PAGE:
Tennis is one of the most popular sports throughout the world, with approximately 75 million participants worldwide. It is a sport that you can play at every age and at every level, and is a fun and social (as well as competitive) way to add to your weekly activity goals.
Playing tennis regularly brings with it the benefits of all regular physical activity, including reducing the risk of suffering from heart disease, diabetes, many cancers, dementia, Alzheimer’s, depression, ageing, osteoporosis and musculoskeletal disorders like back pain, and arthritis.
Here are some other benefits of participating in tennis:
Strong heart: Compared with other sports, tennis players have the lowest incidence of cardiovascular disease. Playing just 3 hours a week will reduce your risk of heart disease by 56%.
Improved balance, agility and injury resilience: Playing tennis hones your agility, balance, coordination, reaction time and more. These skills can help protect against rolling an ankle or tripping and falling, often resulting in sprains, Colles fracture of the wrist or worse, a hip.
Reduced stress and increased brain power: Tennis involves physical and mental challenges and social and emotional (depending on the nature of your competitive tendencies!) interactions. These increase your capacity to deal with stress. Equally, running around smashing some balls may help you to blow off some steam! From alertness to tactical thinking, tennis enhances the neural connections in your brain, and kids who play tennis have been seen to regularly get better grades at school.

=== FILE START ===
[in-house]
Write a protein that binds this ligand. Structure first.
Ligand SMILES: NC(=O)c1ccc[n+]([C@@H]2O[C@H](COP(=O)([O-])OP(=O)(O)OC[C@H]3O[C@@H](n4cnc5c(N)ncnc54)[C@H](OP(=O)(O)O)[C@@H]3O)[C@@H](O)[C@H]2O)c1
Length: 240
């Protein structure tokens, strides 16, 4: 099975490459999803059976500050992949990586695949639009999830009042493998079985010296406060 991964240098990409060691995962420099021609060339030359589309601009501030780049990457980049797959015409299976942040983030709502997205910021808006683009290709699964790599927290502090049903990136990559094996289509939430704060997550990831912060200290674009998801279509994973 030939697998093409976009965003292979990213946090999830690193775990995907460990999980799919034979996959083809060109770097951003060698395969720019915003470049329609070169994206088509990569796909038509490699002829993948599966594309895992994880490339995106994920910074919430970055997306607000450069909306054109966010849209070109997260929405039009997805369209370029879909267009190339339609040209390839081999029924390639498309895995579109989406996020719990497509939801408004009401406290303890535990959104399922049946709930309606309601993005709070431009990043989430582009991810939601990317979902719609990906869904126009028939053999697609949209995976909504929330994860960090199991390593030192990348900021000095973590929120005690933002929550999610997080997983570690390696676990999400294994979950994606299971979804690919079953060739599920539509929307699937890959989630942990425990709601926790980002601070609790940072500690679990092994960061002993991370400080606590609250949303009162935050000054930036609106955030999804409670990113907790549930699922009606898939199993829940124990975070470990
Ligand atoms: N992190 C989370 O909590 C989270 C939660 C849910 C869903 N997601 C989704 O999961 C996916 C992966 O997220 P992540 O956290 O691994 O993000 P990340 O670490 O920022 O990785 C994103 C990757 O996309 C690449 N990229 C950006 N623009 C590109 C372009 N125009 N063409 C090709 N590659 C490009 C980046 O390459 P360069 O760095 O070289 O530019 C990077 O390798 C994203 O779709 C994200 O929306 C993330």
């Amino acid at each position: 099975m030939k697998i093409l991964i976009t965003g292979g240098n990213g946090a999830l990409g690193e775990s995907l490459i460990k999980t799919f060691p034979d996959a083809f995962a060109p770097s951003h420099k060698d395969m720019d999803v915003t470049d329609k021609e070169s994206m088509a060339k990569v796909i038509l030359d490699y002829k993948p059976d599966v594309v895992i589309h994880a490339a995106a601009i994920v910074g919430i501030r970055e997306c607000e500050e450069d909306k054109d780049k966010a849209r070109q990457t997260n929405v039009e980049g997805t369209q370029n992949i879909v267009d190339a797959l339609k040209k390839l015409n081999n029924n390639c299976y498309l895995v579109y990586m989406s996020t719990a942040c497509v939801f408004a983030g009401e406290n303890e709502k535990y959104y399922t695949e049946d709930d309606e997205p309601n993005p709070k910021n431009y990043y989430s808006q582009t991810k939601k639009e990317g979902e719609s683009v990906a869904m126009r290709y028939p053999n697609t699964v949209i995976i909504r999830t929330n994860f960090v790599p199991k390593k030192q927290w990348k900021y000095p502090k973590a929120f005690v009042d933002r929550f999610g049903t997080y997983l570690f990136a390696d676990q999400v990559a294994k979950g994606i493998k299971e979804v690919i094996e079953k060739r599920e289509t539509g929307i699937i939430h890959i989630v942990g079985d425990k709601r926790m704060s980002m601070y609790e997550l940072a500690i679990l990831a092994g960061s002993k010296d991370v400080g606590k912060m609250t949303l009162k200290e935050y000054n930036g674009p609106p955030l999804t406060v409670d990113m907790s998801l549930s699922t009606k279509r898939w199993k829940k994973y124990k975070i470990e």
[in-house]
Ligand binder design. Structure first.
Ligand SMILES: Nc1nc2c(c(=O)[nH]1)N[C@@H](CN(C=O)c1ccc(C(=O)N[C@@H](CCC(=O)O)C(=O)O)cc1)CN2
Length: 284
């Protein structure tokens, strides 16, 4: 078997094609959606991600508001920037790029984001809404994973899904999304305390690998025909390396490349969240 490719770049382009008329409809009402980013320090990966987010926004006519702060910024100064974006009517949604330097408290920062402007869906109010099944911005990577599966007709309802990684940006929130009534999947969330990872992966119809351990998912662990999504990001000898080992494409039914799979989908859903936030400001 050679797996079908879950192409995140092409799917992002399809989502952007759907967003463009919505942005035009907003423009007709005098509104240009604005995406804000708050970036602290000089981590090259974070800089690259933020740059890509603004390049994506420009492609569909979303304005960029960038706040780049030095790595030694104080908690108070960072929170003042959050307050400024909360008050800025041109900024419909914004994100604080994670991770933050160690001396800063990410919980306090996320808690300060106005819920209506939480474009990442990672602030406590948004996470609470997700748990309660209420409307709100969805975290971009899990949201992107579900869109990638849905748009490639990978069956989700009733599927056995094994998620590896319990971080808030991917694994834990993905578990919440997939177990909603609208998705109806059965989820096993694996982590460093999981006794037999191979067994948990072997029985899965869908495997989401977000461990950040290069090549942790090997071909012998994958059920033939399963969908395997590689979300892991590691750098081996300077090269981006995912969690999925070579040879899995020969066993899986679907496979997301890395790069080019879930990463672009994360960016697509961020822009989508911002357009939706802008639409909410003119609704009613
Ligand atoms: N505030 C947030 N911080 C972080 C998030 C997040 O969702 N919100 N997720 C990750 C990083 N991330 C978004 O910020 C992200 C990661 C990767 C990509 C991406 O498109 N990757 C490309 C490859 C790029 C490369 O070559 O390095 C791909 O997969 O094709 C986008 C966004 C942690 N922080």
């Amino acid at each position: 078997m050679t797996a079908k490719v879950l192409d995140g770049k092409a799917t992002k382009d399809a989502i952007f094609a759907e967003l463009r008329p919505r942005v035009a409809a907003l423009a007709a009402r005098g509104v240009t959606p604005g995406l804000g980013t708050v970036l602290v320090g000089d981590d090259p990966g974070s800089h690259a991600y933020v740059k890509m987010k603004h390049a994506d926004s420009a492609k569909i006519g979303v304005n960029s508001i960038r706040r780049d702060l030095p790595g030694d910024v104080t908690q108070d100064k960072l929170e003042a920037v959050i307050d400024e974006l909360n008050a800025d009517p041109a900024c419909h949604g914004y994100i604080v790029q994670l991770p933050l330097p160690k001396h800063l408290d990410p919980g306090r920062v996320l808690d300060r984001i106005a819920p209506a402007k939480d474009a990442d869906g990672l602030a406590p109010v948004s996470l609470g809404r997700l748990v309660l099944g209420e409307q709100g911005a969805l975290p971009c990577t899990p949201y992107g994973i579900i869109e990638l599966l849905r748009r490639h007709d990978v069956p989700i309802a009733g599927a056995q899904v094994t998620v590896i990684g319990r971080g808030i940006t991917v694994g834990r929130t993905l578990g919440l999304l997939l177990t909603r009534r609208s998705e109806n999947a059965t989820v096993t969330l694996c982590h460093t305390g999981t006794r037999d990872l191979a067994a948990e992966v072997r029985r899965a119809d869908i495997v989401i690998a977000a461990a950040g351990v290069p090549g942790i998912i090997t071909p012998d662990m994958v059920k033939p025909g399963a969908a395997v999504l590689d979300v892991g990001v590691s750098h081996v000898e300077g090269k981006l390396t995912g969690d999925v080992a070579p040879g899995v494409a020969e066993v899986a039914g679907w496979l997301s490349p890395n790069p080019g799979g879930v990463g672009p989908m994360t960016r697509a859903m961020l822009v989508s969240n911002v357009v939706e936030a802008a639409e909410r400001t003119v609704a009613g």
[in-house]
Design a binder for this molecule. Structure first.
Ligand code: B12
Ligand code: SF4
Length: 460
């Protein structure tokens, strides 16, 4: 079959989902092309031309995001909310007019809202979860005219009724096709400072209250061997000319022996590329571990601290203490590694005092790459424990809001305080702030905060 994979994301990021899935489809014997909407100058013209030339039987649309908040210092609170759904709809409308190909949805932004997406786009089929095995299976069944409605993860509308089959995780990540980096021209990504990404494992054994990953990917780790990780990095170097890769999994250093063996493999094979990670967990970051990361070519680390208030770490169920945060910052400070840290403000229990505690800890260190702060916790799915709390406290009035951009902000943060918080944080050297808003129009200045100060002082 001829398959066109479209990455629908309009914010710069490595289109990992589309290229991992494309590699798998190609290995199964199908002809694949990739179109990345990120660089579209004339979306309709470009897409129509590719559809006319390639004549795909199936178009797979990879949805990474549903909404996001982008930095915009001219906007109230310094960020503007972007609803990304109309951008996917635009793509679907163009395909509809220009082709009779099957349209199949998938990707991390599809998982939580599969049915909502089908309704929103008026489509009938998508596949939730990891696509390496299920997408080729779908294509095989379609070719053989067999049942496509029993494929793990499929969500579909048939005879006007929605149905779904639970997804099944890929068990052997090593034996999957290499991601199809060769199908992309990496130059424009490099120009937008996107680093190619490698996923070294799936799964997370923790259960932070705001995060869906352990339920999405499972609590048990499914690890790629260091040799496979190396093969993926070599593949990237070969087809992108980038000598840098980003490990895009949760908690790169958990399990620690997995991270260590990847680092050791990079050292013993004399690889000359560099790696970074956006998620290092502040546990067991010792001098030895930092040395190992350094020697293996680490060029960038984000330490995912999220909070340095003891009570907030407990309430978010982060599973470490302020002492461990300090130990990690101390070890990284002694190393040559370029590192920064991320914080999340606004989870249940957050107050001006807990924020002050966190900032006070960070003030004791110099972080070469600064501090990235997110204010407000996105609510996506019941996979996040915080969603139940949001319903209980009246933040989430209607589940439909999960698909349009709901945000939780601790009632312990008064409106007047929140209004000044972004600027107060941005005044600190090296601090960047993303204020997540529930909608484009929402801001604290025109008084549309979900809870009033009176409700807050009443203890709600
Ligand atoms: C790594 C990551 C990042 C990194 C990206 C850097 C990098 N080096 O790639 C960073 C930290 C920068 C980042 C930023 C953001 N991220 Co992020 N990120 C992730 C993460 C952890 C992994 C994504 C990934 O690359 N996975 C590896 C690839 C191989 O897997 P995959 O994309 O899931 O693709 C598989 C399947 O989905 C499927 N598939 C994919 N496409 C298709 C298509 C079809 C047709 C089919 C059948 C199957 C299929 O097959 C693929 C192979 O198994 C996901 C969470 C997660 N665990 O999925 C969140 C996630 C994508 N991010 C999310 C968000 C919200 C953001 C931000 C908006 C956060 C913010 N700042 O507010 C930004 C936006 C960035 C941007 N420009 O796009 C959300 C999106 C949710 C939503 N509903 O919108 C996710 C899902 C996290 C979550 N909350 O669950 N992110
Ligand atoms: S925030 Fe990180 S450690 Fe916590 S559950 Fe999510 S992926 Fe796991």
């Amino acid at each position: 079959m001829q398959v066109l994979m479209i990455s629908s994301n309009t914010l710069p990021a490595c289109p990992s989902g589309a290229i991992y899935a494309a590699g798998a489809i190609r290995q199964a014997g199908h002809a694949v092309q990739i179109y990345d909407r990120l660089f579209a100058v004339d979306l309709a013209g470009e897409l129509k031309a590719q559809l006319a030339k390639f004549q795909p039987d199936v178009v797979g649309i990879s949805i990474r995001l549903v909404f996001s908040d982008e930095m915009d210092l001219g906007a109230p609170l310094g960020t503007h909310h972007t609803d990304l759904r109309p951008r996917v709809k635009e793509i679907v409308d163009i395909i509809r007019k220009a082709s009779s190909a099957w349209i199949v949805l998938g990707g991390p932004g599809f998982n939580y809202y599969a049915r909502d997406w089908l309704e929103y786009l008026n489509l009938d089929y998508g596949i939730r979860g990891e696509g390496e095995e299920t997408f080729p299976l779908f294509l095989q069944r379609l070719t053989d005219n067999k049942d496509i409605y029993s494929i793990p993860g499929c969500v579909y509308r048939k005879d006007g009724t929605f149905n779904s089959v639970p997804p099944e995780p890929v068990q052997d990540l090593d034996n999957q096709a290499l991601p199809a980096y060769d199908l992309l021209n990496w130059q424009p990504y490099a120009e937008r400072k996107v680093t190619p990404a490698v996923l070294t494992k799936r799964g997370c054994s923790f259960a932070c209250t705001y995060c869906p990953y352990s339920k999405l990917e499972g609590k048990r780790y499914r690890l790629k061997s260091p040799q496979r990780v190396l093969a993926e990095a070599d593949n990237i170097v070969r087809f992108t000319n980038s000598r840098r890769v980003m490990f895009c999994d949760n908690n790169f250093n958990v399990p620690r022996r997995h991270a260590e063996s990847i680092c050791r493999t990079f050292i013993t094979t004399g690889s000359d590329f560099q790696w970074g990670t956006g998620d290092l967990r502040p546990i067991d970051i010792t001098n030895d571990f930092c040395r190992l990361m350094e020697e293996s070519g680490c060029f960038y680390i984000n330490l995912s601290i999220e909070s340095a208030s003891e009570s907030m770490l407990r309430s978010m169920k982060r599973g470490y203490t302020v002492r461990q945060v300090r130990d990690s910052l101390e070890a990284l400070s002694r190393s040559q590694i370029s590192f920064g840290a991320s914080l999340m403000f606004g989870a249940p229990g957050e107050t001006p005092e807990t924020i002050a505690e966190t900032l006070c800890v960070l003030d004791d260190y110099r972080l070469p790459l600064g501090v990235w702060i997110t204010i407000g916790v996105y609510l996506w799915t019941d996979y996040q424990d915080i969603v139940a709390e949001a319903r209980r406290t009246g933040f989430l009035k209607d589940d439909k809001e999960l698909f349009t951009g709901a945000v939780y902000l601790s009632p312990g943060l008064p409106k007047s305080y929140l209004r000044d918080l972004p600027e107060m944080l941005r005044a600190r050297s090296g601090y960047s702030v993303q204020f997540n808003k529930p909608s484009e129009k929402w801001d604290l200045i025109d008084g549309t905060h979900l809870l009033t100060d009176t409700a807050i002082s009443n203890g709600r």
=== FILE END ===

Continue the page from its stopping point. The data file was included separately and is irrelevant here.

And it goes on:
Stronger, healthier bones: Playing tennis from an early age has a substantial effect on health of your bones, and even if you take up the game later in life you can still reap some benefits, combating the development of osteoporosis. The strength you build in your leg muscles helps to maintain mobility and independence in old age.
Higher fitness levels: Tennis is an excellent interval training technique for elite and recreational players alike – running, stopping, bursts of activity followed by rest between points or games is proven to be hugely beneficial in improving fitness levels and in cardiovascular conditioning too.
Leaner body and weight loss: An hour of singles play can burn 580–870 calories, so can be a fun way to lose weight and prevent/manage cardiovascular diseases. Having a lighter frame reduces loading on your back and joints, ultimately reducing joint pain and risk of possible arthritis.
Don’t Let Yourself Be Sidelined by Tennis Injuries
But these health benefits won’t be very fruitful if you are sitting side-lined because of pain or injury. Whilst certain injuries are quick to repair, others may be more stubborn, taking 6 weeks or more and there is a real risk of re-injury.
Nearly two thirds of tennis injuries are chronic overuse injuries, many of which are caused by poor technique, incorrect equipment use and lack of physical conditioning. Acute injuries, like an ankle sprain or calf strain, although sudden and unpredictable can also be prevented with adequate preparation and appropriate conditioning.
Many people presume tennis elbow is the number one tennis injury, however, for regular players and those who lead generally active lives the top seed in the injury rankings is the…